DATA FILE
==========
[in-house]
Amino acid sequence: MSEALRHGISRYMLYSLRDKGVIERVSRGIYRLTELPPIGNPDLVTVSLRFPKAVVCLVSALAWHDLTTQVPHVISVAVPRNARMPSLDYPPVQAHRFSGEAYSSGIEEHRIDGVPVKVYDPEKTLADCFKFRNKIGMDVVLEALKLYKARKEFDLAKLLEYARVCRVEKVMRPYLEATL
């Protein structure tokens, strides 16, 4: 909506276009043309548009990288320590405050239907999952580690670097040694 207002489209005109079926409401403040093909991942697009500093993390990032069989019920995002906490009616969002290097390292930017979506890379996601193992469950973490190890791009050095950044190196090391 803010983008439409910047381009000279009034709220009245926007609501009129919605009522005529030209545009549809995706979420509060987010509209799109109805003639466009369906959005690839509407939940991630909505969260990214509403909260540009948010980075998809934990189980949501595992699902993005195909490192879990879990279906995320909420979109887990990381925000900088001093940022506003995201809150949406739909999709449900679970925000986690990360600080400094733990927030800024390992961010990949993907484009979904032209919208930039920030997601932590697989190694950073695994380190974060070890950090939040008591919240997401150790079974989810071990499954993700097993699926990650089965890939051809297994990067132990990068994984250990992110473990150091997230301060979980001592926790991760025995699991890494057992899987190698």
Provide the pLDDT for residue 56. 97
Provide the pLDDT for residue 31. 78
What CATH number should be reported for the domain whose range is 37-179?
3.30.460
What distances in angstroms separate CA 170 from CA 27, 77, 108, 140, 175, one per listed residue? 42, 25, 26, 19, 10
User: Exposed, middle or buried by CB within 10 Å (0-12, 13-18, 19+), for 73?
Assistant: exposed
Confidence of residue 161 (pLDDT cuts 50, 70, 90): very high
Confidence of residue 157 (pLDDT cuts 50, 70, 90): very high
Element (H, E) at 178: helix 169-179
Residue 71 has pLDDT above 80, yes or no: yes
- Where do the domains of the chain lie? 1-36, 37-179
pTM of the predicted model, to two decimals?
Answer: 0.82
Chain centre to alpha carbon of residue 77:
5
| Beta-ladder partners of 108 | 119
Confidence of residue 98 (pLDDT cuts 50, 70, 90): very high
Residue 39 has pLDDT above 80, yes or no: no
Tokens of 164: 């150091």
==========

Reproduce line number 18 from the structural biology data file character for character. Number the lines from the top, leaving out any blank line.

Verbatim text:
Chain centre to alpha carbon of residue 77: